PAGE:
BALTIMORE — Winter could mean more cases of COVID-19.
Preliminary results from research at Johns Hopkins Medicine suggests that higher temperatures do help curb the spread of the virus.
"If it went down according to the temperature as the temperature went up the rates went down sure enough it's gonna go up over the winter," said Dr. Adam Kaplin, Assistant Hopkins Professor of Psychiatry and Behavioral Sciences. "That's what everything based on the biology and the date we have suggests. Am I positive about this? No. But if we ignore it and pretend it isn't going to go up. And the worst thing that will happen if we're conscientious and pay attention is that we'll have to hunker down."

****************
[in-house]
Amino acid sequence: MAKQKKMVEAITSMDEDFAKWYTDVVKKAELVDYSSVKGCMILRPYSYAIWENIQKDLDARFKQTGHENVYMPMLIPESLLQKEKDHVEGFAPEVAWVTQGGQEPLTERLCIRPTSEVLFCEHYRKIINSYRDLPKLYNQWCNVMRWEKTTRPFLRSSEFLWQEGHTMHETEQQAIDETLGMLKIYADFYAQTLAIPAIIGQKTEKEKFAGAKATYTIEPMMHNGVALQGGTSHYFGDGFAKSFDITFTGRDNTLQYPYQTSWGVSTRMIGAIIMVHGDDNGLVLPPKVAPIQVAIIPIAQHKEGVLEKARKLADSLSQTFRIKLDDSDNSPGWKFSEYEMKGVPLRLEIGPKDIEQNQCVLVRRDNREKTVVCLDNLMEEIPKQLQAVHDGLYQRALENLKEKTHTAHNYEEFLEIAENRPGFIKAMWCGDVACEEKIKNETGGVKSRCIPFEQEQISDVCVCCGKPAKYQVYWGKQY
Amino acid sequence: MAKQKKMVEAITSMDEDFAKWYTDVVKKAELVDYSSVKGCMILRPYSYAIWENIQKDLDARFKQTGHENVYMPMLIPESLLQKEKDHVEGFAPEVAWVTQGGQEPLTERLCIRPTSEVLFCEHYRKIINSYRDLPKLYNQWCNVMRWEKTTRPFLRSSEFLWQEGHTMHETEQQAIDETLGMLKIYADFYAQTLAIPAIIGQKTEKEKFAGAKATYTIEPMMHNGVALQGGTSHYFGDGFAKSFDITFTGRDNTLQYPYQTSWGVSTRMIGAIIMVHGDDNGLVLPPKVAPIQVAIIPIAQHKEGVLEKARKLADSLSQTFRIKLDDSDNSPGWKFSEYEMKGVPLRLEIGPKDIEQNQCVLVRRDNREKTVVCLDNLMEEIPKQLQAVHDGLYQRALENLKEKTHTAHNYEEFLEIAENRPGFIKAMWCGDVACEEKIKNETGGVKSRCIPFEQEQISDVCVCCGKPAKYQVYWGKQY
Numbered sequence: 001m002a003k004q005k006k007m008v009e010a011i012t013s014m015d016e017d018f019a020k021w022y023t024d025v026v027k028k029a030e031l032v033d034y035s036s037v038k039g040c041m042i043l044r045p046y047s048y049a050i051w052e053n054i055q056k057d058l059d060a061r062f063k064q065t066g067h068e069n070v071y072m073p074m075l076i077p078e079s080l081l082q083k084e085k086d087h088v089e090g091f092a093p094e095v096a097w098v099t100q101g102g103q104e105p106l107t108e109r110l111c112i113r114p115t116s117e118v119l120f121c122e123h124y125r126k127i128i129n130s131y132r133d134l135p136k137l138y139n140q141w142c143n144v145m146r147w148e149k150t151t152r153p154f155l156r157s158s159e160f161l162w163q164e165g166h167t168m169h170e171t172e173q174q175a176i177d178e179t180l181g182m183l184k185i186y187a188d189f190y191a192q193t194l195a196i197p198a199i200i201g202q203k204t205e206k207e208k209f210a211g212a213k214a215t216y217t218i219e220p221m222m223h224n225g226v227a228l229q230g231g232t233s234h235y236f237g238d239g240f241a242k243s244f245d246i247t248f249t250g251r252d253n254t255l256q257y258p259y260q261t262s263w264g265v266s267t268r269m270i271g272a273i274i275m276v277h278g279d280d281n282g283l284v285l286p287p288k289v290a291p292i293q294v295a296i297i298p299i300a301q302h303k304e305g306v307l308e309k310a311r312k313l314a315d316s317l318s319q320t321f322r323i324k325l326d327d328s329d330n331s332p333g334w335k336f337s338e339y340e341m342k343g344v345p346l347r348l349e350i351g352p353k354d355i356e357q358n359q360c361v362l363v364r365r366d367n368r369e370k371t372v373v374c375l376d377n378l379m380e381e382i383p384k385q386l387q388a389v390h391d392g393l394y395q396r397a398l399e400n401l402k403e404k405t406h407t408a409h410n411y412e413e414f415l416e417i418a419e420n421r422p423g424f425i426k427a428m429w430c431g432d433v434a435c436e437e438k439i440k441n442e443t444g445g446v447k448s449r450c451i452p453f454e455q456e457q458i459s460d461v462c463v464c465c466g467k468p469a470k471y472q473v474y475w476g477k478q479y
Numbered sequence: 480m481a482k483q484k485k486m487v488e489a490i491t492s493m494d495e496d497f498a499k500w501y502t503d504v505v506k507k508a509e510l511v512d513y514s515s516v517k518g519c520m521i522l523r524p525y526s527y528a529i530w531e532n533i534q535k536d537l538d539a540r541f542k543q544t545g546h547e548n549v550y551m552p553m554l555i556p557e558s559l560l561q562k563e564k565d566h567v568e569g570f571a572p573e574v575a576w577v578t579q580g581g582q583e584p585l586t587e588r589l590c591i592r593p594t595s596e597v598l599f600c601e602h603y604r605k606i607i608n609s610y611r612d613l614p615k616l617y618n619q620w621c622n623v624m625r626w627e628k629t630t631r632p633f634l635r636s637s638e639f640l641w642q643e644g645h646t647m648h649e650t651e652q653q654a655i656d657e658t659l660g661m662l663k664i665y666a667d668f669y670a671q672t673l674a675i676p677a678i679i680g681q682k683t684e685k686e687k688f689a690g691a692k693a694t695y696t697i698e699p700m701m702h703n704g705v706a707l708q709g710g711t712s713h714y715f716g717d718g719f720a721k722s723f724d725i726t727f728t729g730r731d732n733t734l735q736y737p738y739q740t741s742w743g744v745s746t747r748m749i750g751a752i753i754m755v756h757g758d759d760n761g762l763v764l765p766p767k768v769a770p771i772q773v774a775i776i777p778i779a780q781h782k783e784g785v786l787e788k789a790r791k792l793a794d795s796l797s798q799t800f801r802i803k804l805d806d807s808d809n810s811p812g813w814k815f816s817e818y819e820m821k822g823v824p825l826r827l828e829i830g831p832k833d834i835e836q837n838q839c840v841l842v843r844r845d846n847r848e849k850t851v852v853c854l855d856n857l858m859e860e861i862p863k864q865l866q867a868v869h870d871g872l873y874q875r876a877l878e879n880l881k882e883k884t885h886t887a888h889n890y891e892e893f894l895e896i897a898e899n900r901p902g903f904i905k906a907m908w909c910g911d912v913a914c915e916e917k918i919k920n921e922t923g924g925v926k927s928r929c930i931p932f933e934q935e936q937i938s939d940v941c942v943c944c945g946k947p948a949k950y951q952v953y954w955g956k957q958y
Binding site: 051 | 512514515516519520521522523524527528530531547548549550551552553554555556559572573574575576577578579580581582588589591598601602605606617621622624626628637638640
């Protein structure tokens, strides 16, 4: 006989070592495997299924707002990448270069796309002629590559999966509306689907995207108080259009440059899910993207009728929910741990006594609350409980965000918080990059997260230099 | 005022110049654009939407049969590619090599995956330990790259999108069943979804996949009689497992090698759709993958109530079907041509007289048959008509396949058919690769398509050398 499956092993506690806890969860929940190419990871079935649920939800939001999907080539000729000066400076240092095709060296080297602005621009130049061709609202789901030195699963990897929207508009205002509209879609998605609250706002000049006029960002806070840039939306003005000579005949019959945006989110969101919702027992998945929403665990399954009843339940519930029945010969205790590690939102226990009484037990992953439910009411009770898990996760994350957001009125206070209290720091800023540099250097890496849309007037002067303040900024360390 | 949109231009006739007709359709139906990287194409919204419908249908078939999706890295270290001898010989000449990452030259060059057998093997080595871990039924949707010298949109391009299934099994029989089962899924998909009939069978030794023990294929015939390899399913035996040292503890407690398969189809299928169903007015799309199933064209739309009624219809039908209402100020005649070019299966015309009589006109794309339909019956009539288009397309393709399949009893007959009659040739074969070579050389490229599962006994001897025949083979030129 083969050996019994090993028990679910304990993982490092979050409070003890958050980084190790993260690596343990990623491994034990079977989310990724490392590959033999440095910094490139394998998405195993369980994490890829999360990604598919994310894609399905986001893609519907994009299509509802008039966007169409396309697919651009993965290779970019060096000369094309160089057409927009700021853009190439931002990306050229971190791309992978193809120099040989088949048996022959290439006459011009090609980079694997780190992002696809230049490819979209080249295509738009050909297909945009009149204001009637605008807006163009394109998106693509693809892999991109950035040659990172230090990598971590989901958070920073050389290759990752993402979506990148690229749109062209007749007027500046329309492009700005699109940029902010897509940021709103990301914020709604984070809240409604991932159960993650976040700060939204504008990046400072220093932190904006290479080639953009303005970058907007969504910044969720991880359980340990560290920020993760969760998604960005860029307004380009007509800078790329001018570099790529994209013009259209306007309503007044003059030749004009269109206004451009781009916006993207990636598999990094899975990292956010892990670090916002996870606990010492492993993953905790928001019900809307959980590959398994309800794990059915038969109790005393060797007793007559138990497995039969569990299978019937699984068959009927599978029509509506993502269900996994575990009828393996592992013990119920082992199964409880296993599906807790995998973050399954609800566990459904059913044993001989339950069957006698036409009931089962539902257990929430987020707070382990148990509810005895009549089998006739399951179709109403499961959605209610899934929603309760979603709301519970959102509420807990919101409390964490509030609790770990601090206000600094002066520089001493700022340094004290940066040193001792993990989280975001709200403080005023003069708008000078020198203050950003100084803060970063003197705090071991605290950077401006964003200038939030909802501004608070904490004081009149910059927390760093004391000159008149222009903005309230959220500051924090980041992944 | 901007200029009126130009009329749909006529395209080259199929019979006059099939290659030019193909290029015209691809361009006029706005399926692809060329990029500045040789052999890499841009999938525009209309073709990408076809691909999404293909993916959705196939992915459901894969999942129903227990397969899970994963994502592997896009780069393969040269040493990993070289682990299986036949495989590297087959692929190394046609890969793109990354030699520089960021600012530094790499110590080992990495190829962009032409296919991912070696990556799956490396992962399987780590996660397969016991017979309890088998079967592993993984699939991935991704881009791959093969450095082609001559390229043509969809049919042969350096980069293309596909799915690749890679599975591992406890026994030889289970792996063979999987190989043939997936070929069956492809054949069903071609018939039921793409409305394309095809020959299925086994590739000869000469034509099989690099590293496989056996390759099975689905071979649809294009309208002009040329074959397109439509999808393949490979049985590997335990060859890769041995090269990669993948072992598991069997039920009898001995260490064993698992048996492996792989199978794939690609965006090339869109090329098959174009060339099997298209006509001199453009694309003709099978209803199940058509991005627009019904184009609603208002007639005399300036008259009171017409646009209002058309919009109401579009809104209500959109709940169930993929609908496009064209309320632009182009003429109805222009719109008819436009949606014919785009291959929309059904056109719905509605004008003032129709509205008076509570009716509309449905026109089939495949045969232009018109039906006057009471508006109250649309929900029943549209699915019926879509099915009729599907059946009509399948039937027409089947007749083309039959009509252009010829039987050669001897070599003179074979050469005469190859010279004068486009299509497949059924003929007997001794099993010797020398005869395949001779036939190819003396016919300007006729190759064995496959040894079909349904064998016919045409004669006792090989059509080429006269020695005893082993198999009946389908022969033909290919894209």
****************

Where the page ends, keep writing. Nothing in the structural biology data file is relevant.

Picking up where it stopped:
The researchers got information from 50 countries that had reporting early in their outbreaks, before controls such as mask-wearing and physical distancing.
After controlling for population and land area, they found a pattern.
From January to April, places such as Singapore with average temperatures in the 80s had much lower rates of viral spread than places such as Turkey with average temperatures in the 20s.